Pep Guardiola’s email ‘hacked by IT worker who tried to sell them for £100,000′
Manchester City boss Pep Guardiola was reportedly targeted by a rogue hacker who attempted to sell his private emails for £100,000.
The IT worker, who said hacking the Spaniard was the “easiest thing” he had done, claimed to have attained access to players’ personal details and records of confidential transfer talks.
According to The Sun , he claimed to have accessed the City boss’s account from his mobile and downloaded personal emails, confidential transfer exchanges and his entire contacts book.
The report adds that he then took screenshots of the personal accounts attained while working at the Etihad base in 2017 before showing investigators information that he said had been sent to his encrypted ProtonMail email account.
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Some accounts are alleged to have information regarding ‘possible transfers to City' with chats that related to centre-backs Matthijs de Ligt and Sokratis Papastathopoulos.
Former Ajax centre-back De Ligt was one of Europe’s most sought after players last summer and was linked with several of Europe’s big hitters, including City.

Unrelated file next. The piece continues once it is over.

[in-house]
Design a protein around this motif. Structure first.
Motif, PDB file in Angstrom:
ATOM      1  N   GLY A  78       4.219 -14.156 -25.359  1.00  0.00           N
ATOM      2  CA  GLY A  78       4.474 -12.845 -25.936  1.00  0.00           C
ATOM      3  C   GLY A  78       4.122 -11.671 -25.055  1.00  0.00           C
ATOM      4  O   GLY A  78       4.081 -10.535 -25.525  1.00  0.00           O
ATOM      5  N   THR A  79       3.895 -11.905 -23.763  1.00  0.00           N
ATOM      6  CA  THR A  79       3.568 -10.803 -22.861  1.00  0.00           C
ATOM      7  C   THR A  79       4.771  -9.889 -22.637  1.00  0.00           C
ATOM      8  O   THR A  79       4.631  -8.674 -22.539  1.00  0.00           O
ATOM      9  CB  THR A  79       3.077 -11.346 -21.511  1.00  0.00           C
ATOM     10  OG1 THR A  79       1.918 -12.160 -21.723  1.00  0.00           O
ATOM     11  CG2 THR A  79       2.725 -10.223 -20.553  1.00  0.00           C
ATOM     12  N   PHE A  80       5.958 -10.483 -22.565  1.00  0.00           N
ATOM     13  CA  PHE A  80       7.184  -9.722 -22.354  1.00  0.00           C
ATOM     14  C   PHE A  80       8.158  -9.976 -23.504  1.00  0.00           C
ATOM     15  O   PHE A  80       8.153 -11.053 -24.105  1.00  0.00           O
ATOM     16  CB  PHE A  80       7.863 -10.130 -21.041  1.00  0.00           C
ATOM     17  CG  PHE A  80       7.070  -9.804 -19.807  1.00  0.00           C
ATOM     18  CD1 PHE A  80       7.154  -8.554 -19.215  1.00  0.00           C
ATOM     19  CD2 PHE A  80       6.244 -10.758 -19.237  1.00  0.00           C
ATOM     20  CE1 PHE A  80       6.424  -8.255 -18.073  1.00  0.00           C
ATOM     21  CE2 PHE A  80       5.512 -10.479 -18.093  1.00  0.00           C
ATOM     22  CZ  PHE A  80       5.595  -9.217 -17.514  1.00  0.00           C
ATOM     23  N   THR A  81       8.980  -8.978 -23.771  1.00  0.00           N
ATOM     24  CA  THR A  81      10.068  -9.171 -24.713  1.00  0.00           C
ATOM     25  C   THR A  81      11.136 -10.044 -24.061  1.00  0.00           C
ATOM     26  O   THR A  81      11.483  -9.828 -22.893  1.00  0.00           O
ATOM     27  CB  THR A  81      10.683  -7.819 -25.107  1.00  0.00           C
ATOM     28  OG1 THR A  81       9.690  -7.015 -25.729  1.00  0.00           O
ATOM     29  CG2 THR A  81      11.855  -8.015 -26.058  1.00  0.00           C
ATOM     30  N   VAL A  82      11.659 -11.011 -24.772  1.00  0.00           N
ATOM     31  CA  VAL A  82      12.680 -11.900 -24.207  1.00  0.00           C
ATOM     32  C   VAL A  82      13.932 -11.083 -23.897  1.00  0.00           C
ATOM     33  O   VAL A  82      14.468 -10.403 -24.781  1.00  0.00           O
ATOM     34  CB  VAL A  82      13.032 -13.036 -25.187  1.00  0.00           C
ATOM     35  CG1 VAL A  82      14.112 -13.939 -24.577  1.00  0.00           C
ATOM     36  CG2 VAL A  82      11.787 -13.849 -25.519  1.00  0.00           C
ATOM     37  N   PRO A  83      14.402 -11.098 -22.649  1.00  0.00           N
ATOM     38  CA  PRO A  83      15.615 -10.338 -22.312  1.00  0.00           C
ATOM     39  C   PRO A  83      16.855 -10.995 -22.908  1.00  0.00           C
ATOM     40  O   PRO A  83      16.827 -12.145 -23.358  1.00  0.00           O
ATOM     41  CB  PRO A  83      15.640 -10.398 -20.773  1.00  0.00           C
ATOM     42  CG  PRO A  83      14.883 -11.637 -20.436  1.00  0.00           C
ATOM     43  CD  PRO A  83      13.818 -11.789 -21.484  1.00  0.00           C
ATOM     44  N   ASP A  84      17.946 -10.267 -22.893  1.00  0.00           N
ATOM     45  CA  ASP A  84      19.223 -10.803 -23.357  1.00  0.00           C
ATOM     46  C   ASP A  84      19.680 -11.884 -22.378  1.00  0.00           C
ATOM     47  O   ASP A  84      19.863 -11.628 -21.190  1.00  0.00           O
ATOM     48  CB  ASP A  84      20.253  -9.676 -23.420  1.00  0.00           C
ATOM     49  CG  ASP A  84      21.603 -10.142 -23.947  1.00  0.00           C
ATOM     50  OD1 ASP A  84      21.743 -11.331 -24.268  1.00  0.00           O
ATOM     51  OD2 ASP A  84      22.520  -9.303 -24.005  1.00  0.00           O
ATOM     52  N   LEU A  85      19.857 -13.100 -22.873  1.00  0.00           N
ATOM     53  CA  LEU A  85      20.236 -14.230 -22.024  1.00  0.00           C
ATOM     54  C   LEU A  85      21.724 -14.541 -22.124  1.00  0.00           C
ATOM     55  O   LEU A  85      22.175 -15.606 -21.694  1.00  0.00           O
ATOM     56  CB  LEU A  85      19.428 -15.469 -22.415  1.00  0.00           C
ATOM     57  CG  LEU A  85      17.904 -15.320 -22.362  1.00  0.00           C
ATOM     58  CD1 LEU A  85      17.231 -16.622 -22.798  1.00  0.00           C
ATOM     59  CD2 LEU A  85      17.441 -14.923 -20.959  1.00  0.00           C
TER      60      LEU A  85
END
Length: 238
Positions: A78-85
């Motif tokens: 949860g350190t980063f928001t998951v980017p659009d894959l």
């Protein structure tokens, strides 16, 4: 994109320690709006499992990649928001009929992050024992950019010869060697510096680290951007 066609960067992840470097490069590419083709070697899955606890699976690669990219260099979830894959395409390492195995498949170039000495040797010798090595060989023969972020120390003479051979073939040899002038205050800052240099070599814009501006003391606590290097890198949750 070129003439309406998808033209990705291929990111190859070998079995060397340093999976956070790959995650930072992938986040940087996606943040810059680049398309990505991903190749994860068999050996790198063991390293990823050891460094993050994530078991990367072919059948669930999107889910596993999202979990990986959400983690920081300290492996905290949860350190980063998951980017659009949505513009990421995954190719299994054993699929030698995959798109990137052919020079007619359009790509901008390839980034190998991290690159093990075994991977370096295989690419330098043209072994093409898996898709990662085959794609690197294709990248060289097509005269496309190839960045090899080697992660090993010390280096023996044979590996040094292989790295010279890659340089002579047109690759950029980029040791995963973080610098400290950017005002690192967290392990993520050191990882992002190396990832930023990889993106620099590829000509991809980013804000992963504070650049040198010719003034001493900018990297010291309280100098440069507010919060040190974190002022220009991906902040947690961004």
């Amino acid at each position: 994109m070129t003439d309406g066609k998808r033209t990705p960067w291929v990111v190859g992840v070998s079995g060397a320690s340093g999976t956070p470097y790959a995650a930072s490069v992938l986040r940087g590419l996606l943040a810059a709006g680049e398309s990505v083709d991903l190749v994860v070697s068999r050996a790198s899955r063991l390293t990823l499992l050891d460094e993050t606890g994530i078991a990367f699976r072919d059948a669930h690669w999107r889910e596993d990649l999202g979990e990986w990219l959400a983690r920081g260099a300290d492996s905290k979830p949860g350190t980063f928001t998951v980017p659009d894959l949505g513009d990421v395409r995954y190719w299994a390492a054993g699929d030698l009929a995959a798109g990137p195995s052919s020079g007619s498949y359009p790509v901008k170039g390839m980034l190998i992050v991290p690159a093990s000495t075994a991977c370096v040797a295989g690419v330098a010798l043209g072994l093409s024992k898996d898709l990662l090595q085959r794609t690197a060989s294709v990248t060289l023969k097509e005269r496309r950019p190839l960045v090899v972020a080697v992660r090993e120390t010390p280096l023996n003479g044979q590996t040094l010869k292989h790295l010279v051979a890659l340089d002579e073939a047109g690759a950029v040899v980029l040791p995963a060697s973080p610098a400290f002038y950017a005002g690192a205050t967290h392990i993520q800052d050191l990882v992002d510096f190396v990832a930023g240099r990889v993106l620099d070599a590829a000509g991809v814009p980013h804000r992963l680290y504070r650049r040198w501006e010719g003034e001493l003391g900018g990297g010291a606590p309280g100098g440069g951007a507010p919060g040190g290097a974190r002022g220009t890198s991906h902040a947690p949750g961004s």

He eventually signed for Italian champions Juventus in a £67.8m after lengthy negotiations, while Sokratis joined Arsenal from Borussia Dortmund in 2018.
The worker also claimed to have the contact details of City players, including former goalkeeper Joe Hart and ex-captain Vincent Kompany.
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The report adds that the man was attempting to exchange the information for £100,000 which he wanted to be paid in crypto-currency Bitcoin.
City are believed to have contacted Greater Manchester Police over the hacking where officers spent several days tracking the suspect down before arresting him this week.
And officers supposedly conducted a search of his home and were also examining his computers, mobile phones and email accounts.
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The allegations come not long after City were slapped with a two year European ban for breaching Financial Fair Play rules.
UEFA’s Adjudicatory Chamber found the Citizens had overstated their sponsorship revenue between 2012 and 2016 and also penalised them with a €30million (£25m) fine.
The Premier League champions have registered their appeal to the Court of Arbitration for Sport (CAS) against the ruling by Uefa’s Club Financial Control Body (CFCB).
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